At my Mad Hedge Fund/Top Gun Master Minds Lake Tahoe Conference last week I heard an amazing piece of information from a guest.
Fidelity recently conducted a study to identify their best performing clients.
They neatly fell into two groups: people who forgot they had an account at Fidelity, and dead people.
It all underlines the futility of trading the markets without true professional guidance, something many aspire to, but few actually accomplish.
Of the many hundreds of online newsletter and trade mentoring services, I only know of three which actually make money for clients.
Those would be mine and two others, and I’m not talking about who the other two are.
It is an industry filled with professional marketers, charlatans, and con men.
Let me point out a few harsh lessons learned from this most recent melt down, and the rip your face off rally that followed.
We are now transitioning from a “Sell in May” to a “Buy in November” posture.
The next six months are ones of historical seasonal market strength (click here for the misty origins of this trend at “If You Sell in May, What To Do in April?”)
The big lesson learned this summer was the utter uselessness of technical analyses. Usually these guys are right only 50% of the time. This year, they missed the boat entirely.
When the S&P 500 (SPY) was meandering in a narrow nine-point range, and the Volatility Index (VIX) hugged the $9-$12 neighborhood, they said this would continue for the rest of the year.
The biggest losers?
Algorithms, which used the decisive break of the (SPY) $245 level in August to go heavily short.
If you did, you lost your shirt. The market just shed a couple more points, reversed, and then kept going, and going, and going.
And if you tried to go long the contango stunted VIX Short Term Futures ETN (VXX) then every trader would of gotten crushed from mid August until now.
This is why technical analysis is utterly useless as an investment strategy. How many hedge funds use a pure technical strategy on a standalone basis?
Absolutely none, as it doesn’t make any money.
At best, it is just one of 100 tools you need to trade the market effectively. The shorter the time frame, the more accurate it becomes.
On an intraday basis, technical analysis is actually quite useful. But I doubt few of you engage in this hopeless persuasion.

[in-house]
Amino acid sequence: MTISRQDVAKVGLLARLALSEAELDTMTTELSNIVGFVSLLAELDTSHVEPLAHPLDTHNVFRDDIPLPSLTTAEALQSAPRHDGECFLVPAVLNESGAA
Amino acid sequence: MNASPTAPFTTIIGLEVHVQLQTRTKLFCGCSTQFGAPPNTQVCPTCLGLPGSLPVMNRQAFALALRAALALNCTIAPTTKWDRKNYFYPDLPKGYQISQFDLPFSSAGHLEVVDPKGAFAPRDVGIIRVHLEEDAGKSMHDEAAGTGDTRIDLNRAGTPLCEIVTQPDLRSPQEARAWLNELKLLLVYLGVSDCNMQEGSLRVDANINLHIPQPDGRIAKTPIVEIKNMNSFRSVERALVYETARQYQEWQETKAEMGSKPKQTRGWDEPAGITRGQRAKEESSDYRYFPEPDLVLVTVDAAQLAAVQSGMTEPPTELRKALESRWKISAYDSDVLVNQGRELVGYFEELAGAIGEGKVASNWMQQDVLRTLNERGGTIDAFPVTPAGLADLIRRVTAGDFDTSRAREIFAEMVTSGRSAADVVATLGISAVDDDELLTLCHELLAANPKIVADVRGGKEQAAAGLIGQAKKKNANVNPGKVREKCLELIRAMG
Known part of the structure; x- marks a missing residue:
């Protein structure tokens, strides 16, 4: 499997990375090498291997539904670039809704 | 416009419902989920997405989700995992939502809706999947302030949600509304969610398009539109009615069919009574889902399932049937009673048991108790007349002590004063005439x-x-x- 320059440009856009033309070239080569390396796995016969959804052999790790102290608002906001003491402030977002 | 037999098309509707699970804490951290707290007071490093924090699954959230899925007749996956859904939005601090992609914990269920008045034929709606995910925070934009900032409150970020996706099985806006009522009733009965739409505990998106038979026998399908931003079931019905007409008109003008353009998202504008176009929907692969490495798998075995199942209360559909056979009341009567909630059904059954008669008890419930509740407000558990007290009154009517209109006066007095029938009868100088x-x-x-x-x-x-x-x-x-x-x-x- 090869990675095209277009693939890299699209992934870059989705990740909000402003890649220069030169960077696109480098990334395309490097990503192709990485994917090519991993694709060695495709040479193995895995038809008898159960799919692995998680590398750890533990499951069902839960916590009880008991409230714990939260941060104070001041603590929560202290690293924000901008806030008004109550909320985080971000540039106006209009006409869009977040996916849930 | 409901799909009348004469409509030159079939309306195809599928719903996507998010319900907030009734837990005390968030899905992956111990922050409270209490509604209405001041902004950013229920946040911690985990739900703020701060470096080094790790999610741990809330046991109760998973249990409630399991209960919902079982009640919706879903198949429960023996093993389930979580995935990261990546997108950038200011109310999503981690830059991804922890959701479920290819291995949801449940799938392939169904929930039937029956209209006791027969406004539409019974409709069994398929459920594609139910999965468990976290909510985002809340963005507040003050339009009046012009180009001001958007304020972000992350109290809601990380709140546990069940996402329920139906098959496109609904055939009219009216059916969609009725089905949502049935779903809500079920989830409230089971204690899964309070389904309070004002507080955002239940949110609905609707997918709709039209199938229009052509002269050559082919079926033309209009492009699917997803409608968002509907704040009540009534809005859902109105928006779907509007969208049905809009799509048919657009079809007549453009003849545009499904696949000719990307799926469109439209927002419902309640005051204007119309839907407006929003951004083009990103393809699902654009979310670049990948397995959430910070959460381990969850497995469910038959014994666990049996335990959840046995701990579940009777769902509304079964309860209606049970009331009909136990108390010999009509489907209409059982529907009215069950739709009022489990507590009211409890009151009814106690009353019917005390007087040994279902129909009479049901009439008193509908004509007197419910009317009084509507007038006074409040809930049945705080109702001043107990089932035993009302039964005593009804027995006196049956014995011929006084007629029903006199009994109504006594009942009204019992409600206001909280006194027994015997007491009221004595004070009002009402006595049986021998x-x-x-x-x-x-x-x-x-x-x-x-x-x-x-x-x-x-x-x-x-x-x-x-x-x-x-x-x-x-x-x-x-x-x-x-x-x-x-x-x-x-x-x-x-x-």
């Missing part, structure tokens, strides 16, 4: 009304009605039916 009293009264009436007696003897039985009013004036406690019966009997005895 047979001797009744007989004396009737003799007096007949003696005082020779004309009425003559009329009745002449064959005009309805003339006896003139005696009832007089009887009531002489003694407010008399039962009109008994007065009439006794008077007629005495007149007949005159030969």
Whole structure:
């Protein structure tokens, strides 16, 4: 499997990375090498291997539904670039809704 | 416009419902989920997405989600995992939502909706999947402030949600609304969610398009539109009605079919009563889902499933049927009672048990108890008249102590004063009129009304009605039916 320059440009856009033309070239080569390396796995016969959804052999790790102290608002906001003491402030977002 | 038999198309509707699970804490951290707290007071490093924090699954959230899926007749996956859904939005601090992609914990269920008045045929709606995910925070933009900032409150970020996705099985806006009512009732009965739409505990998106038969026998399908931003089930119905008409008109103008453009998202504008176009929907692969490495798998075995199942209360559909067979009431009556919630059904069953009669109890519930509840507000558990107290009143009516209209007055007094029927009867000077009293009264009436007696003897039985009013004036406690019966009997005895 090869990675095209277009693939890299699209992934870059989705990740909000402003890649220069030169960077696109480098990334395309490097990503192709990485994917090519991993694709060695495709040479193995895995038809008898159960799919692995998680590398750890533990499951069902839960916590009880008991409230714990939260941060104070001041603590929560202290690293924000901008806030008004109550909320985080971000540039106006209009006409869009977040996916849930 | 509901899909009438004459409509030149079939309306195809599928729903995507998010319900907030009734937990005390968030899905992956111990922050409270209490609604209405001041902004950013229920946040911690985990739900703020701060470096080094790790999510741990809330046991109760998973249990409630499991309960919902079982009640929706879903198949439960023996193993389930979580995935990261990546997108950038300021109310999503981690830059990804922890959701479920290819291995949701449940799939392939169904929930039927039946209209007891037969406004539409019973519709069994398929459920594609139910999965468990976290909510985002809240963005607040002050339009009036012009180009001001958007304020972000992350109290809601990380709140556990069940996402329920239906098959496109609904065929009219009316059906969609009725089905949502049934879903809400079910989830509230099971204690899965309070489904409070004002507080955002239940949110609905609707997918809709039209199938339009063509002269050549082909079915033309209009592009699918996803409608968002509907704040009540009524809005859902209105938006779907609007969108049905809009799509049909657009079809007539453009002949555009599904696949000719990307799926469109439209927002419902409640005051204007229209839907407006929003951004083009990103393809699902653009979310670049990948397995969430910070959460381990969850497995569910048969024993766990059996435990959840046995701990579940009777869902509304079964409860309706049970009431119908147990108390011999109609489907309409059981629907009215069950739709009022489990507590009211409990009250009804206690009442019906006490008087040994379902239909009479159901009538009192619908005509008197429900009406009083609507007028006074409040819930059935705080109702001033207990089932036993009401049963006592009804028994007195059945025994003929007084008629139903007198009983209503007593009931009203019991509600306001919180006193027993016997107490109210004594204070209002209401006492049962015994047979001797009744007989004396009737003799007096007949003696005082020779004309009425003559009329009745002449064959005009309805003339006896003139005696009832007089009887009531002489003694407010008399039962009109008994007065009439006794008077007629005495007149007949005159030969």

Leave it for the kids.
This is why I advise portfolio managers and financial advisors to use technical analysis as a means of timing order executions, and nothing more.
Most professionals agree with me.
Technical analysis derives from humans’ preference for looking at pictures instead of engaging in abstract mental processes. A picture is worth 1,000 words, and probably a lot more.
This is why technical analysis appeals to so many young people entering the market for the first time.
Buy a book for $5 on Amazon (NASDAQ:AMZN), and you can become a Master of the Universe.
Who can resist that?
The problem is that high-frequency traders also bought that same book from Amazon a long time ago and have designed algorithms to frustrate every move of the technical analyst.
Sorry to be the buzz kill, but that is my take on technical analysis.
I have a much better solution than forgetting you have a trading account, or dying.
Take Cunard’s round-the-world cruise (click here for the link).
I have been sailing with Cunard since the 1970s, when the original Queen Elizabeth was still afloat.
I’ve lost count of how many Transatlantic voyages I have taken across the pond.
For a mere $19,999 you can spend 122 days circumnavigating the globe with Cunard from Southampton, England, in their cheapest inside cabin.
That includes all the food you can eat for four months.
On the way you can visit such exotic destinations as Bora Bora, The Seychelles, Reunion, and Moorea.
Not a bad deal.
By the time you get home, you will probably earn enough in your investment account to pay for the entire trip.
Hope you enjoyed your cruise.
Disclosure: I/we have no positions in any stocks mentioned, and no plans to initiate any positions within the next 72 hours.
I wrote this article myself, and it expresses my own opinions. I am not receiving compensation for it (other than from Seeking Alpha). I have no business relationship with any company whose stock is mentioned in this article.